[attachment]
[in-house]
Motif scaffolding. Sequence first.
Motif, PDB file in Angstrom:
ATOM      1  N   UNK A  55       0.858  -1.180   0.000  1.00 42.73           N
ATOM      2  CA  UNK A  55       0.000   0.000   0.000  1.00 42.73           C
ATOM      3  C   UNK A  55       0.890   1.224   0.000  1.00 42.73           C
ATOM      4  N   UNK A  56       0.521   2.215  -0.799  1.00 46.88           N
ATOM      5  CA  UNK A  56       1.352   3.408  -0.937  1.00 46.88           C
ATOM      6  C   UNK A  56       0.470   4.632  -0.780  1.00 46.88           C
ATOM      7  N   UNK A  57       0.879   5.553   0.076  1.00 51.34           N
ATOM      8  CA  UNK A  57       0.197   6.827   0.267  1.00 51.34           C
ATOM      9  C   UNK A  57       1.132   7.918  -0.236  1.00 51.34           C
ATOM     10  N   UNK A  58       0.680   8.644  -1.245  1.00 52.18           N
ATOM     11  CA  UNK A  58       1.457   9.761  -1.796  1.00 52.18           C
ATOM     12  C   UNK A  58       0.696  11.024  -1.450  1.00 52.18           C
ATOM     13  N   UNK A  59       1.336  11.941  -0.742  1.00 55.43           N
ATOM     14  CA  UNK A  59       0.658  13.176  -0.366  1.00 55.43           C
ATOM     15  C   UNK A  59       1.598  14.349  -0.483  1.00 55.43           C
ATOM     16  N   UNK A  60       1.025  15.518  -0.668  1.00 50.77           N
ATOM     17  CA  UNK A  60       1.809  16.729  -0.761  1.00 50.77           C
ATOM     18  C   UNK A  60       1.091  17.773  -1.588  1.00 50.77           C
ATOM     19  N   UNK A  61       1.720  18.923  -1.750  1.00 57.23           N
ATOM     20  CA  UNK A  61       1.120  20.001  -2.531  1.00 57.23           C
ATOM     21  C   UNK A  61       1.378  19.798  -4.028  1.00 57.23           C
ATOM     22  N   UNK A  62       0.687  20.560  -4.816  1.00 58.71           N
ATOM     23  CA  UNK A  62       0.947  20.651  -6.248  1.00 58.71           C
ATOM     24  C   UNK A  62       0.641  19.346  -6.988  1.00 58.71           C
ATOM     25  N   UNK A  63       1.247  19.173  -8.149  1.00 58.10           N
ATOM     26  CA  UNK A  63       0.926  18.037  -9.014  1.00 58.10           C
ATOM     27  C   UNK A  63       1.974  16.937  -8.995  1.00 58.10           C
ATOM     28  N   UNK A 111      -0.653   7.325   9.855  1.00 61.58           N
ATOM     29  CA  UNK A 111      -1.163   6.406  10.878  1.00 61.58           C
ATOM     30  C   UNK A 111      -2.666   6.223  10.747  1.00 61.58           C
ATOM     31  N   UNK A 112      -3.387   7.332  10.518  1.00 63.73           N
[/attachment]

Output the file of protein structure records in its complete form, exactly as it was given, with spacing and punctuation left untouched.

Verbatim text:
[in-house]
Motif scaffolding. Sequence first.
Motif, PDB file in Angstrom:
ATOM      1  N   UNK A  55       0.858  -1.180   0.000  1.00 42.73           N
ATOM      2  CA  UNK A  55       0.000   0.000   0.000  1.00 42.73           C
ATOM      3  C   UNK A  55       0.890   1.224   0.000  1.00 42.73           C
ATOM      4  N   UNK A  56       0.521   2.215  -0.799  1.00 46.88           N
ATOM      5  CA  UNK A  56       1.352   3.408  -0.937  1.00 46.88           C
ATOM      6  C   UNK A  56       0.470   4.632  -0.780  1.00 46.88           C
ATOM      7  N   UNK A  57       0.879   5.553   0.076  1.00 51.34           N
ATOM      8  CA  UNK A  57       0.197   6.827   0.267  1.00 51.34           C
ATOM      9  C   UNK A  57       1.132   7.918  -0.236  1.00 51.34           C
ATOM     10  N   UNK A  58       0.680   8.644  -1.245  1.00 52.18           N
ATOM     11  CA  UNK A  58       1.457   9.761  -1.796  1.00 52.18           C
ATOM     12  C   UNK A  58       0.696  11.024  -1.450  1.00 52.18           C
ATOM     13  N   UNK A  59       1.336  11.941  -0.742  1.00 55.43           N
ATOM     14  CA  UNK A  59       0.658  13.176  -0.366  1.00 55.43           C
ATOM     15  C   UNK A  59       1.598  14.349  -0.483  1.00 55.43           C
ATOM     16  N   UNK A  60       1.025  15.518  -0.668  1.00 50.77           N
ATOM     17  CA  UNK A  60       1.809  16.729  -0.761  1.00 50.77           C
ATOM     18  C   UNK A  60       1.091  17.773  -1.588  1.00 50.77           C
ATOM     19  N   UNK A  61       1.720  18.923  -1.750  1.00 57.23           N
ATOM     20  CA  UNK A  61       1.120  20.001  -2.531  1.00 57.23           C
ATOM     21  C   UNK A  61       1.378  19.798  -4.028  1.00 57.23           C
ATOM     22  N   UNK A  62       0.687  20.560  -4.816  1.00 58.71           N
ATOM     23  CA  UNK A  62       0.947  20.651  -6.248  1.00 58.71           C
ATOM     24  C   UNK A  62       0.641  19.346  -6.988  1.00 58.71           C
ATOM     25  N   UNK A  63       1.247  19.173  -8.149  1.00 58.10           N
ATOM     26  CA  UNK A  63       0.926  18.037  -9.014  1.00 58.10           C
ATOM     27  C   UNK A  63       1.974  16.937  -8.995  1.00 58.10           C
ATOM     28  N   UNK A 111      -0.653   7.325   9.855  1.00 61.58           N
ATOM     29  CA  UNK A 111      -1.163   6.406  10.878  1.00 61.58           C
ATOM     30  C   UNK A 111      -2.666   6.223  10.747  1.00 61.58           C
ATOM     31  N   UNK A 112      -3.387   7.332  10.518  1.00 63.73           N